When you buy Super Bowl tickets from a broker, that broker doesn’t necessarily have those tickets in hand. Usually, the broker can get the tickets before the game. Sometimes, the broker can’t — and the customer is out of luck.
That’s what happened to a lot of fans this year, when Seahawks and Patriots fans traveled to Phoenix in large numbers, meaning the demand for tickets was much greater than the supply. As a result, some fans who purchased tickets in advance from brokers arrived in Phoenix only to find out that the brokers couldn’t produce the tickets they’d sold.
Patriots fan Kevin Sheehan told the ABC affiliate in Rochester, New York that he and his dad bought Super Bowl tickets four months ago at $1,800 each. It was only when they arrived in Phoenix that they found out the broker didn’t have the tickets. They watched their team win the Super Bowl on TV instead.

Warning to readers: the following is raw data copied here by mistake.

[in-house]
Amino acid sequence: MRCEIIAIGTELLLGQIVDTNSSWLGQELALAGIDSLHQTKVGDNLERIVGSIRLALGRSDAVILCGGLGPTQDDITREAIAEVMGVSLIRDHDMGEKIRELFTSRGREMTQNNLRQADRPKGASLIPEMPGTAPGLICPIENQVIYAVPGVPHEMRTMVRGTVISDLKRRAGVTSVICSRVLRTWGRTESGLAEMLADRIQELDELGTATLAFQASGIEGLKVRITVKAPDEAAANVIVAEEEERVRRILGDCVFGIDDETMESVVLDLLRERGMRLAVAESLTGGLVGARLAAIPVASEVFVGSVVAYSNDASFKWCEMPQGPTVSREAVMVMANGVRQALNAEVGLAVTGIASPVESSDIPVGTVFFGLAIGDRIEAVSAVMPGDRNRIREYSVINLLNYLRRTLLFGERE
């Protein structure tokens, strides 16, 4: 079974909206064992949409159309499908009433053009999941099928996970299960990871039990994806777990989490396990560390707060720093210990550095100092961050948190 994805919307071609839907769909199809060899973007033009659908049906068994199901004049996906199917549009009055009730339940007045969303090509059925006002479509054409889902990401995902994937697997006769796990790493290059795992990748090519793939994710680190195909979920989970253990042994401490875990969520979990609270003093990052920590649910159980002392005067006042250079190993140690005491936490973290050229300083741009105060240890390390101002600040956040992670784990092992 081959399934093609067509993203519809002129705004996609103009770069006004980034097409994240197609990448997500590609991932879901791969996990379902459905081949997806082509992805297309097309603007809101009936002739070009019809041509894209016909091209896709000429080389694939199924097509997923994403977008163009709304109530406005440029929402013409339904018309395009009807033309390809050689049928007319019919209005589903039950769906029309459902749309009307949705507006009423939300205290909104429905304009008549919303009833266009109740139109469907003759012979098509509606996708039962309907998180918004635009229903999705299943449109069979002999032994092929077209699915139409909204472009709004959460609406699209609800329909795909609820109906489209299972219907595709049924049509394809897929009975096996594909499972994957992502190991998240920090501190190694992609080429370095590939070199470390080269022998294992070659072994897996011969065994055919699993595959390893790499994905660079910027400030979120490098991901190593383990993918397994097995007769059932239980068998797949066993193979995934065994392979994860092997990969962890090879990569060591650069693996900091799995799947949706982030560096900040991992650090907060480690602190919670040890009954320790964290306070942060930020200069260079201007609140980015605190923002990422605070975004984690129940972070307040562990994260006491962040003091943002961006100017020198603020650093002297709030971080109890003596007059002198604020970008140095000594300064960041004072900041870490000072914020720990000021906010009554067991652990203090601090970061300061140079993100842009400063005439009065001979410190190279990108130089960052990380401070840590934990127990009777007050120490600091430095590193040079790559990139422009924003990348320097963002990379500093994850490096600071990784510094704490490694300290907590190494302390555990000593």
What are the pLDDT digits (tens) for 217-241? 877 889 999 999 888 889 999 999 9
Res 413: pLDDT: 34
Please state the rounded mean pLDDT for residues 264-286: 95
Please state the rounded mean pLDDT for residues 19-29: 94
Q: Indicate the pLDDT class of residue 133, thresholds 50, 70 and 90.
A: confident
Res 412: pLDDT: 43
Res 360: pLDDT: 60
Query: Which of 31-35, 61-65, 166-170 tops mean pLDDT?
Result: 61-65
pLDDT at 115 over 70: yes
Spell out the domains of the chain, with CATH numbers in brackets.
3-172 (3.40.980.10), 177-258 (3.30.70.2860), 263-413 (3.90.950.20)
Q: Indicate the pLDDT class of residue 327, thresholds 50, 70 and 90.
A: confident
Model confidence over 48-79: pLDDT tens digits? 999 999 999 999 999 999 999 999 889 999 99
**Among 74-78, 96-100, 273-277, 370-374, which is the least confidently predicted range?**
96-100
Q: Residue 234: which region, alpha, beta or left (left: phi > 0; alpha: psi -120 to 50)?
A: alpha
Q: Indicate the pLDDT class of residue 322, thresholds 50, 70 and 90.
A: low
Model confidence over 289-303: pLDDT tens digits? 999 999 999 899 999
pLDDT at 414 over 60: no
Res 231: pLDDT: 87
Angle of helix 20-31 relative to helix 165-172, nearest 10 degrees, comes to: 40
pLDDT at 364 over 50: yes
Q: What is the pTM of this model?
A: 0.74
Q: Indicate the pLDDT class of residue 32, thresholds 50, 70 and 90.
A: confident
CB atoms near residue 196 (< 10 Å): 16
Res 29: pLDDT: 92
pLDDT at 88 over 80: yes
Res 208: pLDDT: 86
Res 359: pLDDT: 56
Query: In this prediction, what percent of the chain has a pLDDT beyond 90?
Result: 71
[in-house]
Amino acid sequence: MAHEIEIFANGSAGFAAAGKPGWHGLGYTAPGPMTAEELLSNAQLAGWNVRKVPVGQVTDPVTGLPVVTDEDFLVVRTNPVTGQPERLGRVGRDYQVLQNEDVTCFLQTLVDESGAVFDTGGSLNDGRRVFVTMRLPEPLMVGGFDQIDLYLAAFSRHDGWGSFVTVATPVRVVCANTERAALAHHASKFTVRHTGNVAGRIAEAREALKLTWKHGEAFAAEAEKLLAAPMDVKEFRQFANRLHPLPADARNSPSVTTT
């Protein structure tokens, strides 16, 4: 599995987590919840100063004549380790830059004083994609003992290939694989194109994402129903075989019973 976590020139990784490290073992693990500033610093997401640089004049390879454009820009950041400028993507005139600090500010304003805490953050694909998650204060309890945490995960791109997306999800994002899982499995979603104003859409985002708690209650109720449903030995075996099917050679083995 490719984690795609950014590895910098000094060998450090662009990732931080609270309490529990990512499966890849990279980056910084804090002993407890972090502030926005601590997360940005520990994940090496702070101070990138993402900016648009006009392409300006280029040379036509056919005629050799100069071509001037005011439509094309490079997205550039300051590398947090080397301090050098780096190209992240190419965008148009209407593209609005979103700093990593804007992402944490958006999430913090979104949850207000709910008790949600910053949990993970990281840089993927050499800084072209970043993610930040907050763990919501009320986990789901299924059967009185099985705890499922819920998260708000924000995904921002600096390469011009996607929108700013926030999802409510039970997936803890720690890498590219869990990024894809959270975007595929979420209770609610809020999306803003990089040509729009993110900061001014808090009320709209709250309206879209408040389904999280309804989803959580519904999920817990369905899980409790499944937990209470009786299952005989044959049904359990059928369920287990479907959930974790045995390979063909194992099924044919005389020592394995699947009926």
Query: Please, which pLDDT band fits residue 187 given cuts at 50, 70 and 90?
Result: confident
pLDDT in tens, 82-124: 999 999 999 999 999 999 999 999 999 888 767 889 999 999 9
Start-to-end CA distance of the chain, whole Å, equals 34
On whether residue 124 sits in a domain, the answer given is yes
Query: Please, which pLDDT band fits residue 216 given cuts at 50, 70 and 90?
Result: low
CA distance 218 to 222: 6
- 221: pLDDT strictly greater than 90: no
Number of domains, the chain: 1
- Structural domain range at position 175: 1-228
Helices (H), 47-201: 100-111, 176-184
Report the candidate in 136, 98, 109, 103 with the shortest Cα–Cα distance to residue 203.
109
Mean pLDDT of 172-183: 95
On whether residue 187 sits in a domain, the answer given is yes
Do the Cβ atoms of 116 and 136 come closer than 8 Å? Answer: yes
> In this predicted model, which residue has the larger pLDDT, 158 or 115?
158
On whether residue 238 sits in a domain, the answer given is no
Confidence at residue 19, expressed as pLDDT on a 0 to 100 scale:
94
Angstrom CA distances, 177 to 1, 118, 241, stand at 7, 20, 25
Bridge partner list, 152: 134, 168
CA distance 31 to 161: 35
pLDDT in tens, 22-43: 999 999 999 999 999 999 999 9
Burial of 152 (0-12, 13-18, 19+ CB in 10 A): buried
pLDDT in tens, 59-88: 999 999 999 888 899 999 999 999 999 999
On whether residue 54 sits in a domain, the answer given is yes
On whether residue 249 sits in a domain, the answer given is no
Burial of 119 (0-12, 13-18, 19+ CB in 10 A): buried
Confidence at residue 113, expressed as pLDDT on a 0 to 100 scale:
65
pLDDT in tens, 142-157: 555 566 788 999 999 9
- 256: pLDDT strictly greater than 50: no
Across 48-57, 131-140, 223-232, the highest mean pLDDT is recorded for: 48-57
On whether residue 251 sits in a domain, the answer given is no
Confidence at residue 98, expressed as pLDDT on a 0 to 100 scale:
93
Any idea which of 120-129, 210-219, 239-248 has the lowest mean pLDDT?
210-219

“This was big for both of us,” Sheehan said. “To be duped like that, they didn’t tell us until we get to Arizona.”
Another ticket broker, Vivid Seats, admitted some of its customers were left out of the game despite having paid in advance for tickets. Vivid Seats blamed that on “an unprecedented market environment for tickets.”
For brokers and individuals who actually had tickets to sell on Super Bowl Sunday, the going rate was about $9,000 a ticket, for the cheap seats. Spending thousands of dollars on a ticket is a significant investment for a one-day experienced. You’d hope that spending the money would guarantee that you actually get to experience the game.